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Maryland School Assessment Results
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July 11, 2012
The Maryland School Assessment, or MSA, standardized test scores were released by officials yesterday. Students in third through eighth grades are required to take standardized reading and math tests annually. The test score news was good on the state level, but mixed for the city. WYPR’s Gwendolyn Glenn reports.
Lillian Lowery: Good morning, I love walking into good news.
Gwendolyn Glenn: Maryland’s new superintendent, Lillian Lowery’s good news concerned elementary students in the state increasing their proficiency in math and reading to nearly 90 percent. Middle school students’ reading scores dropped by more than one percentage point, but their proficiency in math rose by nearly three percentage points. School Superintendent Lowery.
Lowery: Middle school mathematics has had the most dramatic gain, jumping from under 40 percent proficient in 2003 to 76.2 percent proficient this year.”
Glenn: But even with the gains, Lowery says more work needs to be done.
Lowery: Asian and white students score well above 90 percent in reading and math. While African American students scored below 80 percent in reading and Hispanic students scored at 85 percent proficient, this is a gap we need to close.
Glenn: In West Baltimore at Gilmor Elementary School, city schools CEO Andres Alonso released local MSA test score results yesterday as well. He says 70 percent of the district’s schools met state-mandated achievement goals in math and reading.
Andres Alonso: One-hundred twenty made their goals in math. One-hundred ten made their goals in reading, but 100 made it in both subjects.
Glenn: But still, only 67 percent of the district’s students’ are proficient in reading, a nearly two percentage point decline from last year’s MSA results. City school students’ proficiency in math increased by two percentage points. But at 63 percent, that’s still far below state test scores. However, considering last year’s MSA scores declined in both subjects, Alonso says any gains are celebrated.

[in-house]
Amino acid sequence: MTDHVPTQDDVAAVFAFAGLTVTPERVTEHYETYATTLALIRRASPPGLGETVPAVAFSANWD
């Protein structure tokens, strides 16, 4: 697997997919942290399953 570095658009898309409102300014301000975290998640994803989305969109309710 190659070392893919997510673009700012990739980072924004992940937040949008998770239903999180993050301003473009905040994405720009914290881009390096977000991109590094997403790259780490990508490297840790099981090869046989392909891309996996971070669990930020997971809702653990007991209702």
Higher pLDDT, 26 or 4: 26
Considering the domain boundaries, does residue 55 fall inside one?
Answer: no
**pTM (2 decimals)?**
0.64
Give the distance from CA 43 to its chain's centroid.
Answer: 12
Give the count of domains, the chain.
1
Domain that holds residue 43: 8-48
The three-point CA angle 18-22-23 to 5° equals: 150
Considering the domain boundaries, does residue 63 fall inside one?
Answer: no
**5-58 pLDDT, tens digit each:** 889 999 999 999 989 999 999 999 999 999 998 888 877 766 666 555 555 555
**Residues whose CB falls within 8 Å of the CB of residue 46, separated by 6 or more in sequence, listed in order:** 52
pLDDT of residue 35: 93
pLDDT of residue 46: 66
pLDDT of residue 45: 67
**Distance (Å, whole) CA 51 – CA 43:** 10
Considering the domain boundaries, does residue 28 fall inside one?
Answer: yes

Alonso: We took a step back in math last year. We are now taking the first step forward in math again. Summer school last year was all about math because we knew math was the subject we need progress and that effort has paid off.
Glenn: Other gains Alonso cited include fewer students are performing below grade level and those with advanced skills have increased significantly. He singled out Gilmor Elementary as an example of how some poor performing schools are being turned around. Principal Felipe Jackson says his student test scores increased by nearly 20 percent in math and reading this year.
Felipe Jackson: Gilmore was the lowest performing school last year. There was a principal’s meeting where someone said this building was full of lemons and I guess we made lemonade.
Glenn: At the state education officials’ press conference and the city’s, the issue of cheating on MSA exams was raised. In previous years, cheating has occurred in the district during the tests, which prompted school officials to develop stricter guidelines and bring in monitors on test day to ensure the integrity of the exams. Superintendent Alonso.
Alonso: We’re the only district in the state that puts external monitors in the schools and secure the materials so that materials are not touched by one person… so, there is no question that these results are legitimate.
Glenn: Alonso says the gains the district has made in math are real and that the task now is to build on those gains. One step that he’s taking to improve the district’s dismal reading scores is to place the focus on reading in summer school programs this year. I’m Gwendolyn Glenn, reporting in Baltimore for 88-1, WYPR.
You can reach the WYPR Newsroom at firstname.lastname@example.org
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